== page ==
i checked in with my ALA Editions representative and she said that the book was sent to Library Journal for potential review, but I have not seen it there yet – hoping it makes it, still. i am so grateful for this feedback. it’s really great to hear and gives me quite the boost for continuing the conversation, so, thank you.
This is exciting. Another positive book review, this one published in Reference & Research Book News (August 2009). It’s really great to hear that this reviewer recognizes (can I go so far as to say appreciates?) the “scholarly and historical context” that I provide for the community building elements you all told me about in our research. My thesis advisors from Sarah Lawrence College (where I got my MA in History) would be so proud…
Hill, a librarian and consultant, provides practical advice and inspiration for building the library community through identifying user needs and designing services to meet those needs, engaging communities with service selection and creation, and using new technologies. The book begins by setting the author’s research in context with broader scholarship, research, and trends. It examines ways in which both people and libraries have been impacted by recent developments in networks, technology, and community, and looks at the implications these developments have raised for library practice. Stressing the urgent need for libraries to consider their work thorough the lens of building community, the author outlines the components of community building, drawing on the experiences of libraries surveyed in her research, and sets each component in its historical and scholarly context. (Annotation ©2009 Book News Inc. Portland, OR)
In other news, I’d like to thank Cheryl Napsha for her excellent suggestion (via email) about a refreshed direction for this blog. I’m thinking more about it, but I think she’s definitely onto something. I’ll leave it a mystery, for now, but it’s amazing what sorts of ideas and blessings come to you when you put questions out into the universe. I tell ya. Amazing.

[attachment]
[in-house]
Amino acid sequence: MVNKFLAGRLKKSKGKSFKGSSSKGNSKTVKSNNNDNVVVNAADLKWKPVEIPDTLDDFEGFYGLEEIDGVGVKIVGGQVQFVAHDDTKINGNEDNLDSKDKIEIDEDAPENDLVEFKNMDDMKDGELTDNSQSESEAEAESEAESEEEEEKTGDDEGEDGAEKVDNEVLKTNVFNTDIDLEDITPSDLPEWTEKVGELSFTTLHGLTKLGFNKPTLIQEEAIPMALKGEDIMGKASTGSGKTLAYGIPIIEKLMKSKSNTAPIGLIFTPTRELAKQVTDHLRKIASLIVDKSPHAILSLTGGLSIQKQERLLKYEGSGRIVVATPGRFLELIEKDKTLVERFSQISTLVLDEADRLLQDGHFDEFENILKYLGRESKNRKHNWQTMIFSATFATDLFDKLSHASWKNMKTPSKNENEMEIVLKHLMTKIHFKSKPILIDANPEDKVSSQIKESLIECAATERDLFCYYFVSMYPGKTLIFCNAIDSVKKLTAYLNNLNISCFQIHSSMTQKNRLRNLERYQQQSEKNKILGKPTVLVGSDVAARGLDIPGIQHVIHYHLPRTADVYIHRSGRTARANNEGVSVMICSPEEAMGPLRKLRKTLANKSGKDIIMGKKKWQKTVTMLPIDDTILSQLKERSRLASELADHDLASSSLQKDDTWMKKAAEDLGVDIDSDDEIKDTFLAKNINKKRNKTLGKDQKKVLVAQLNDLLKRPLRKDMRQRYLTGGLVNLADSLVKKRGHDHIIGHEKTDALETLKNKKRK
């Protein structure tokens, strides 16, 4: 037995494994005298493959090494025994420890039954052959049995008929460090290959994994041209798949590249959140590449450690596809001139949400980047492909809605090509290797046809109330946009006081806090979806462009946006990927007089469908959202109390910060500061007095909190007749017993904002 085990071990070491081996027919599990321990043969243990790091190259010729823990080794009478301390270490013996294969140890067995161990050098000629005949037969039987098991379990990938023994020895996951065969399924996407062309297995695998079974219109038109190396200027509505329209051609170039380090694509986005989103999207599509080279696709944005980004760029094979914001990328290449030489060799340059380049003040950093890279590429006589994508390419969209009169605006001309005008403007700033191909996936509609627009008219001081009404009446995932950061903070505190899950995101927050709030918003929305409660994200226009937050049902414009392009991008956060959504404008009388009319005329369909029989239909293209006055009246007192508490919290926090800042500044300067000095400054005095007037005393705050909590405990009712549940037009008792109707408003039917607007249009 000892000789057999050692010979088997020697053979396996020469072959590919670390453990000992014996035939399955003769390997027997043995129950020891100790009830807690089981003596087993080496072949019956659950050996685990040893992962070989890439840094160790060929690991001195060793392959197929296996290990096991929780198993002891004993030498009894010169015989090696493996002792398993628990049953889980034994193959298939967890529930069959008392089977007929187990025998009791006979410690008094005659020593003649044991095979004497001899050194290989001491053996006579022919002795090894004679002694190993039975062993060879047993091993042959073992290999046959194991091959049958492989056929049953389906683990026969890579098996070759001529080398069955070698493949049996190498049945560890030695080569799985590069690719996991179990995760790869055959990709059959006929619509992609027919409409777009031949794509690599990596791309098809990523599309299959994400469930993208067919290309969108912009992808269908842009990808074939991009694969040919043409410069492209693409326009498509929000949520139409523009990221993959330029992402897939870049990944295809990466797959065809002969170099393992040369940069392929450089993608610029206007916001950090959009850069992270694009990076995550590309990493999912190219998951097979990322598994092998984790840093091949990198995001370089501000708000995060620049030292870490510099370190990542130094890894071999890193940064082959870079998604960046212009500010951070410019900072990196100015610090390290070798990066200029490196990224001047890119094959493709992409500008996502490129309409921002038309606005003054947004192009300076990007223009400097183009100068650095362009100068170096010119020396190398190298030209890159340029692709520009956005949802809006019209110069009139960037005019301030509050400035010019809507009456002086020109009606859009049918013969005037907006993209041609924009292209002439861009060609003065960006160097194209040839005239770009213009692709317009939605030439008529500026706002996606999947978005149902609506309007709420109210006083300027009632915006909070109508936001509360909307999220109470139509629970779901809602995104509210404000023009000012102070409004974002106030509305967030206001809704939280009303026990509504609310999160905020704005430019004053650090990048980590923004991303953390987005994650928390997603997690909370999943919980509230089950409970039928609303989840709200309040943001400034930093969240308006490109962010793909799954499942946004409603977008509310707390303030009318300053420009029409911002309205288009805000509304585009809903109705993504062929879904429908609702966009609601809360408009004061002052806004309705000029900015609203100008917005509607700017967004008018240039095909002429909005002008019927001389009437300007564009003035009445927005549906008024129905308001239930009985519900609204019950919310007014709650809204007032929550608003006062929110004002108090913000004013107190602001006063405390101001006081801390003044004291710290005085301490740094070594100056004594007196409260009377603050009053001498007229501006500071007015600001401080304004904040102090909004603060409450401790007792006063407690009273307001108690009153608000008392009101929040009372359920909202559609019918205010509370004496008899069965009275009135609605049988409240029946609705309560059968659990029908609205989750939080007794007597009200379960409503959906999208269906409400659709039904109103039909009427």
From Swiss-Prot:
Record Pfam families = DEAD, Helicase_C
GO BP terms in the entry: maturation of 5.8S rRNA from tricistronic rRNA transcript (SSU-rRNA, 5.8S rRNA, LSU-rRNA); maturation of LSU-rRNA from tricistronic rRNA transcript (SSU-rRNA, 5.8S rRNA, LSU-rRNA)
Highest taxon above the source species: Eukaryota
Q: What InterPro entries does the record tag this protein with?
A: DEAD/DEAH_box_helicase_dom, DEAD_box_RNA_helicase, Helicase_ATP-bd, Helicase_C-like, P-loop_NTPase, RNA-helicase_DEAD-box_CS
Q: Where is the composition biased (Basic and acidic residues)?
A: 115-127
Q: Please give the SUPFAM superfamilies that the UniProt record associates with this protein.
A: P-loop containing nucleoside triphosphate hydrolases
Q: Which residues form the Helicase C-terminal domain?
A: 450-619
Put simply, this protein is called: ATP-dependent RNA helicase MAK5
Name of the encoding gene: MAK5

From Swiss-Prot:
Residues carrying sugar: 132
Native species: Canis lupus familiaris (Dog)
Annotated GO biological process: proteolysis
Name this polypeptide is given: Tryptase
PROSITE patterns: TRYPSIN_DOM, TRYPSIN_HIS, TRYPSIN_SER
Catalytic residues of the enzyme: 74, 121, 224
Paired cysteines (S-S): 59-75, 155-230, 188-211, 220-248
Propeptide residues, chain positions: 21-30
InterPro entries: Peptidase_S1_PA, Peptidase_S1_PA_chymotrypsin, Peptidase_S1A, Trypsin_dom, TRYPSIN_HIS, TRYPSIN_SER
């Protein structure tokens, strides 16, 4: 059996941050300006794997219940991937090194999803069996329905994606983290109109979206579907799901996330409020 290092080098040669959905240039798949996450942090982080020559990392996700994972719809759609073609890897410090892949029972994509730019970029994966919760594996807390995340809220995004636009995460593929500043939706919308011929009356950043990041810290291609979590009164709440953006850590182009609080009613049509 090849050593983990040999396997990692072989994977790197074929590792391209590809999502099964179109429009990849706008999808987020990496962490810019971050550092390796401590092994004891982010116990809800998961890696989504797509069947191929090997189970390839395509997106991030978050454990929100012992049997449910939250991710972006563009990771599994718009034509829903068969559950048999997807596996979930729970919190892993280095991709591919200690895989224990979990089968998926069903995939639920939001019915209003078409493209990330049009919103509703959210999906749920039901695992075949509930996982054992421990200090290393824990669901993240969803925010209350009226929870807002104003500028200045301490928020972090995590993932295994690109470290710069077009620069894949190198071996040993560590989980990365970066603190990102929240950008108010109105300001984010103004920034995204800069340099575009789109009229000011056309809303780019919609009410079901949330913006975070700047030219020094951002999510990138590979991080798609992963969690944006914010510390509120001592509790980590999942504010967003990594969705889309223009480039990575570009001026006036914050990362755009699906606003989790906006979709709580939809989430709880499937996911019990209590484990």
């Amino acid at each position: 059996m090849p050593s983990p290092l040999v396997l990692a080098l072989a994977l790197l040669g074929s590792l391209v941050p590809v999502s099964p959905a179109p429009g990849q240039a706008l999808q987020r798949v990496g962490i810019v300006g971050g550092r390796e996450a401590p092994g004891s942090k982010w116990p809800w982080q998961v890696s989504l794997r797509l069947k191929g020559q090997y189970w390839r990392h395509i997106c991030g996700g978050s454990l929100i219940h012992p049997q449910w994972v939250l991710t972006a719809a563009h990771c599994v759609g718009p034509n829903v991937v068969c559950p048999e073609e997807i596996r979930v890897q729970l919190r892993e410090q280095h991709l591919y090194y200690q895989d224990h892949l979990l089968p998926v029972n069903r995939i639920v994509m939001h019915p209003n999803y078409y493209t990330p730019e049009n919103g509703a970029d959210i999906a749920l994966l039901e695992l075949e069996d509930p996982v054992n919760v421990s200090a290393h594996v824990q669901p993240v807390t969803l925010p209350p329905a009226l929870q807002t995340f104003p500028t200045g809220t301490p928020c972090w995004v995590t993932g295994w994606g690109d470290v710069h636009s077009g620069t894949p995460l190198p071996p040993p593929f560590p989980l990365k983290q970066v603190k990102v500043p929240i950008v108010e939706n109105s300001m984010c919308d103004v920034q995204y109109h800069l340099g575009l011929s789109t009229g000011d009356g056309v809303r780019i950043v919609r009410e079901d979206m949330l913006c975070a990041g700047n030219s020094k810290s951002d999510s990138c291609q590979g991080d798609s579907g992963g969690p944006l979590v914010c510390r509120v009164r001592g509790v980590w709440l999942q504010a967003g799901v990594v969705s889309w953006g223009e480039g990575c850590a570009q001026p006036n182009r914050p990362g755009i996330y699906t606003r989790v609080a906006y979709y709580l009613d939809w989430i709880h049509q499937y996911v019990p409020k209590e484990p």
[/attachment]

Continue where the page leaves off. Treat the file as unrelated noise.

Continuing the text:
Apparently, people are reading my book. Or at least skimming it. The way that I know this is that book reviews are starting to appear. Does anyone know about the business of LIS book reviews? How does your book get selected for a review? Within what time frame will they start to come out? Please, if you’re a seasoned LIS author and have any kind of scoop for me, please dish…
Thank goodness, the first one was very nice and pleasant and here is what it says: inspirational! valuable resource! encourages reading from cover to cover! must have!
Hill, Chrystie. Inside, Outside, and Online: Building Your Library Community. Chicago, American Library Association, 2009. 175p. index. $48.00pa.; $43.20pa. (ALA members). ISBN 13: 978-0-8389-0987-4.
Authored by the director of community services at WebJunction, this inspirational and research-based work outlines principles to support building a strong library community. Drawing on her background as a writer, librarian, and community builder, Hill outlines the process of making the library the center of your community and thereby raising the perceived value of the library. Separated into seven chapters, the work begins with people and networks, followed by libraries and communities. The following chapters address the steps in the process: Assess, Deliver, Engage, Iterate, and Sustain. Bringing examples and guiding questions, Hill engages the reader to seriously think about how to make their own library community emerge successfully inside the library, in the community the library serves, and in the online community. References, additional resources, and an index make this a valuable resource, while the writing style encourages reading from cover to cover. This work is a must have for any library wanting to reach out beyond their present users.—Sara Marcus
This appeared in ARBA online (American Reference Books Annual) in July 09. Thank you Sara Marcus for being so kind.